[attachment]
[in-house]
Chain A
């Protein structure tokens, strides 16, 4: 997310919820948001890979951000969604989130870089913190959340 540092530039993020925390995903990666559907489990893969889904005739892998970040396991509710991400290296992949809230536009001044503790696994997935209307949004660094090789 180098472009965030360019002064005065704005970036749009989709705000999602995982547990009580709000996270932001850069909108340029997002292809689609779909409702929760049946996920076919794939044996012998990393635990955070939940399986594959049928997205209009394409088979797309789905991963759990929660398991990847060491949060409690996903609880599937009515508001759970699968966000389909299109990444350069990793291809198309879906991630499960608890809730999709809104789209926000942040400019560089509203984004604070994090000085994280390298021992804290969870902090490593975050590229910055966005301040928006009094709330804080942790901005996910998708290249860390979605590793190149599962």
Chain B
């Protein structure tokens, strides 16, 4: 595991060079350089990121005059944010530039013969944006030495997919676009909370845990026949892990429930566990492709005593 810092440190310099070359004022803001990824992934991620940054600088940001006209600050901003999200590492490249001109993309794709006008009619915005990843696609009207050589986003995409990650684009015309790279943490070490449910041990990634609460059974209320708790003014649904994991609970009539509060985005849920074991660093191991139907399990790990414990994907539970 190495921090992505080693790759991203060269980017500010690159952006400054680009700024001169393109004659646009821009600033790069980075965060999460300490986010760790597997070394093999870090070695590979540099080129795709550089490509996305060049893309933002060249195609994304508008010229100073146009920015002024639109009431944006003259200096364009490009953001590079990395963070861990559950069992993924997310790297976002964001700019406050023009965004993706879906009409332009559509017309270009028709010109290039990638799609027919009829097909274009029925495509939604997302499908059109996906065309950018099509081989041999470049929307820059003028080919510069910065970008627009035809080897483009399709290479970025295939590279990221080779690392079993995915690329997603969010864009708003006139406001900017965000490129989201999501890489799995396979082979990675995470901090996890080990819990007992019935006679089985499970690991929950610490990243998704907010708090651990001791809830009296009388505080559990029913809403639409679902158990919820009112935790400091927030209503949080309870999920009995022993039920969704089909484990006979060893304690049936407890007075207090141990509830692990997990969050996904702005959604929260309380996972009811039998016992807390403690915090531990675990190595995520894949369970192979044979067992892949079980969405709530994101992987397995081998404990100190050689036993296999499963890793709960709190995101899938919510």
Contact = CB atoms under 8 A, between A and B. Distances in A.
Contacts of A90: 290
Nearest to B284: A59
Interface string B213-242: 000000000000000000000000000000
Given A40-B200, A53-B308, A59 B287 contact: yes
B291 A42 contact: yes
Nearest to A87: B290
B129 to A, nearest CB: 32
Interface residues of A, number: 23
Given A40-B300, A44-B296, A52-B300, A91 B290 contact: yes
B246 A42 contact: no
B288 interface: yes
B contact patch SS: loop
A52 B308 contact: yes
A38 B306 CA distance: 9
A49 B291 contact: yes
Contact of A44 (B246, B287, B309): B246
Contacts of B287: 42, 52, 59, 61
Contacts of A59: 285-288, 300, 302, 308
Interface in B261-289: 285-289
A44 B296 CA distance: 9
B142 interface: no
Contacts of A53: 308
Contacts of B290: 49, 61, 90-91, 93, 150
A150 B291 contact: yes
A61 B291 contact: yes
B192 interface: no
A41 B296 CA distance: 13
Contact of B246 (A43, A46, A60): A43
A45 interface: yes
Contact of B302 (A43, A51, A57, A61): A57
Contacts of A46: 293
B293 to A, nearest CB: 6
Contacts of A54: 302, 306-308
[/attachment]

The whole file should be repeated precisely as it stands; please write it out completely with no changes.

[in-house]
Chain A
């Protein structure tokens, strides 16, 4: 997310919820948001890979951000969604989130870089913190959340 540092530039993020925390995903990666559907489990893969889904005739892998970040396991509710991400290296992949809230536009001044503790696994997935209307949004660094090789 180098472009965030360019002064005065704005970036749009989709705000999602995982547990009580709000996270932001850069909108340029997002292809689609779909409702929760049946996920076919794939044996012998990393635990955070939940399986594959049928997205209009394409088979797309789905991963759990929660398991990847060491949060409690996903609880599937009515508001759970699968966000389909299109990444350069990793291809198309879906991630499960608890809730999709809104789209926000942040400019560089509203984004604070994090000085994280390298021992804290969870902090490593975050590229910055966005301040928006009094709330804080942790901005996910998708290249860390979605590793190149599962």
Chain B
């Protein structure tokens, strides 16, 4: 595991060079350089990121005059944010530039013969944006030495997919676009909370845990026949892990429930566990492709005593 810092440190310099070359004022803001990824992934991620940054600088940001006209600050901003999200590492490249001109993309794709006008009619915005990843696609009207050589986003995409990650684009015309790279943490070490449910041990990634609460059974209320708790003014649904994991609970009539509060985005849920074991660093191991139907399990790990414990994907539970 190495921090992505080693790759991203060269980017500010690159952006400054680009700024001169393109004659646009821009600033790069980075965060999460300490986010760790597997070394093999870090070695590979540099080129795709550089490509996305060049893309933002060249195609994304508008010229100073146009920015002024639109009431944006003259200096364009490009953001590079990395963070861990559950069992993924997310790297976002964001700019406050023009965004993706879906009409332009559509017309270009028709010109290039990638799609027919009829097909274009029925495509939604997302499908059109996906065309950018099509081989041999470049929307820059003028080919510069910065970008627009035809080897483009399709290479970025295939590279990221080779690392079993995915690329997603969010864009708003006139406001900017965000490129989201999501890489799995396979082979990675995470901090996890080990819990007992019935006679089985499970690991929950610490990243998704907010708090651990001791809830009296009388505080559990029913809403639409679902158990919820009112935790400091927030209503949080309870999920009995022993039920969704089909484990006979060893304690049936407890007075207090141990509830692990997990969050996904702005959604929260309380996972009811039998016992807390403690915090531990675990190595995520894949369970192979044979067992892949079980969405709530994101992987397995081998404990100190050689036993296999499963890793709960709190995101899938919510």
Contact = CB atoms under 8 A, between A and B. Distances in A.
Contacts of A90: 290
Nearest to B284: A59
Interface string B213-242: 000000000000000000000000000000
Given A40-B200, A53-B308, A59 B287 contact: yes
B291 A42 contact: yes
Nearest to A87: B290
B129 to A, nearest CB: 32
Interface residues of A, number: 23
Given A40-B300, A44-B296, A52-B300, A91 B290 contact: yes
B246 A42 contact: no
B288 interface: yes
B contact patch SS: loop
A52 B308 contact: yes
A38 B306 CA distance: 9
A49 B291 contact: yes
Contact of A44 (B246, B287, B309): B246
Contacts of B287: 42, 52, 59, 61
Contacts of A59: 285-288, 300, 302, 308
Interface in B261-289: 285-289
A44 B296 CA distance: 9
B142 interface: no
Contacts of A53: 308
Contacts of B290: 49, 61, 90-91, 93, 150
A150 B291 contact: yes
A61 B291 contact: yes
B192 interface: no
A41 B296 CA distance: 13
Contact of B246 (A43, A46, A60): A43
A45 interface: yes
Contact of B302 (A43, A51, A57, A61): A57
Contacts of A46: 293
B293 to A, nearest CB: 6
Contacts of A54: 302, 306-308